Rock Candy Reverie on the Ride Home

The last time I hit the road with my family, we traveled halfway across the U.S. on winding, mountain roadways to the country’s edge. I’ll admit I’m not great in a car. I’m a terrible passenger and even more anxious driver prone to motion sickness and random interjections of swear words that send my children into fits of laughter. Okay, maybe I’m a fun road companion for them, but I also tend to dominate the airways. In a car, music is my coping mechanism.

When I was the ages of my children, my family took frequent road trips in Oklahoma, Texas and Arkansas. We sawed a neat triangle across the plains and up into the edge of mountains stopping at artist galleries and historic monuments. My favorite was a run down pre-Civil War site, the walls and dirt floors of buildings past where soldiers had bunked. The site, Fort Washita, boasted a gift shop with rock candy that made the day trip in the hot sun worth it despite the inevitable and overwhelming sense of sadness I felt when I climbed a stone wall and surveyed a location meant to protect indigenous peoples from the disharmony American colonialism created through displacement and systemic disenfranchisement.

While the trip to Fort Washita was always one of bright-eyed excitement, the trip home was subdued. Rock candy in hand, I often cried as the road passed beneath us. My mother would play a cassette tape and invite us all to sing along. She directed us on when to breathe in to support our voices, how to control the breath as we rolled, windows down, back across the plains in our yellow Ford Lynx.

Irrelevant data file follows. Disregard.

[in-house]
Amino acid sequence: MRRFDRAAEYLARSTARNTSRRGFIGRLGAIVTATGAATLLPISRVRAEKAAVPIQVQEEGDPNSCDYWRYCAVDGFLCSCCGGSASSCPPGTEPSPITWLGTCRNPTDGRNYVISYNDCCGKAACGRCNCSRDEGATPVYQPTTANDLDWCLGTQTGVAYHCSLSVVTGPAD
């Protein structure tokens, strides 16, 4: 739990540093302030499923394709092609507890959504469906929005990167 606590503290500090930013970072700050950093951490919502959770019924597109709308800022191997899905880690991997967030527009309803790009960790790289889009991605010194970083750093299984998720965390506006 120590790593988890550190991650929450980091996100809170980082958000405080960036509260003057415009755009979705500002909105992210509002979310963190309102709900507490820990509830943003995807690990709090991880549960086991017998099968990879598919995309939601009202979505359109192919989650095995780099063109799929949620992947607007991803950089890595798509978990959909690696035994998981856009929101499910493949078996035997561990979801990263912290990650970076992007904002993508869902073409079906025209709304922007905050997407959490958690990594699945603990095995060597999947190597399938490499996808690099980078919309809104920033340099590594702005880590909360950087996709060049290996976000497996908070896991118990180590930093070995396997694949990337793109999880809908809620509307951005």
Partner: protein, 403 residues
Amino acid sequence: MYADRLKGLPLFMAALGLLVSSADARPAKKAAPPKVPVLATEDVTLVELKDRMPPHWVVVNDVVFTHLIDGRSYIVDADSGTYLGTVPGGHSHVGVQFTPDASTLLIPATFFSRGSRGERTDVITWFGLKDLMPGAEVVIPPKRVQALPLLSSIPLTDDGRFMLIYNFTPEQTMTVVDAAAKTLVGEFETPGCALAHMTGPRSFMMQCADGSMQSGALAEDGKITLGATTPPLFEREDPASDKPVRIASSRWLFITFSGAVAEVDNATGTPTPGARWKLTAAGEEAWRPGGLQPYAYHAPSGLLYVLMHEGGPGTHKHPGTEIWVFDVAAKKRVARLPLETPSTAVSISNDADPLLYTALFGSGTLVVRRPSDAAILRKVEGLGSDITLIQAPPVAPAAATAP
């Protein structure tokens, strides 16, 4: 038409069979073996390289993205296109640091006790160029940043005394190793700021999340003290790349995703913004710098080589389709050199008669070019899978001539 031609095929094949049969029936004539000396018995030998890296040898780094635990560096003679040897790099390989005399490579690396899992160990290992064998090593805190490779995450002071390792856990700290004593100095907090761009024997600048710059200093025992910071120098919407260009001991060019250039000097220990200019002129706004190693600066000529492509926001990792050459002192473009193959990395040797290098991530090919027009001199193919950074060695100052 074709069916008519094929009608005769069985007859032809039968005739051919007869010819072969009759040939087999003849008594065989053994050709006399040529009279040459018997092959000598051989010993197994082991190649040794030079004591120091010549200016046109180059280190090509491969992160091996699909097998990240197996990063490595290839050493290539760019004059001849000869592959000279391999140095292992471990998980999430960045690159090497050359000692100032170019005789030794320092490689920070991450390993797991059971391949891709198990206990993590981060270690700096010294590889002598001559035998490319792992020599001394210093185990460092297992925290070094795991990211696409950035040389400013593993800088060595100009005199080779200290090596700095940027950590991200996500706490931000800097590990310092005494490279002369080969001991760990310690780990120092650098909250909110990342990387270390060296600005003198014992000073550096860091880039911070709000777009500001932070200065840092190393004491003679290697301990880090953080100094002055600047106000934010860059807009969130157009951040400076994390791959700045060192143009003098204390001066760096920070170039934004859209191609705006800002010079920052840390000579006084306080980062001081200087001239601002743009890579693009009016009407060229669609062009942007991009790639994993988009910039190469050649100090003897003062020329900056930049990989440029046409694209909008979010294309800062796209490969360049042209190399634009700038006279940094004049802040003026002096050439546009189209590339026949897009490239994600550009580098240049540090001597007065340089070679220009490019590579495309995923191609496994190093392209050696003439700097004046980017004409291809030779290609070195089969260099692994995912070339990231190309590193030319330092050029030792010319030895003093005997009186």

The breath I found in music is why I still dominate the airways on road trips. Singing allows for self-regulation even in the tensest environments. Such as driving cross country with three children who are fighting because they are hot, tired and done with being trapped in a car listening to music not of their choice.My family is young and growing. We are still learning how to best support each other and ourselves. The process has been nowhere near as smooth as even the bumpiest Oklahoma dirt roads, but it is our journey. The kids sing along. We all do. We create our own harmony for the sake of each other. It took us a long time to learn, but we’ve managed.

September is here and we are moving from our August road trip theme to one of lessons learned on Heart and Humanity. We have a profound lineup of stories, both fiction and nonfiction, as well as poetry. We hope you will tune in, comment and share your own lessons learned as the month progresses beginning with tomorrow’s publication. Selections were made from our largest pool of submissions ever. We are humbled by and grateful to the artists whose we were able to accept as well as those declined.¬†We believe this lineup with satisfy and inspire, that it will support your breath and sit as sweet in your mouth as rock candy.

Happy reading!

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Shawna Ayoub Ainslie

Shawna Ayoub Ainslie is a mental wellness advocate and writing coach in Bloomington, IN. She teaches writing through trauma for release and recovery to survivors and veterans through the Center for Creative Writing, Ivy Tech Community College, and Survive Your Story. Shawna is also The Relationship Blogger's Editor-in-Chief.

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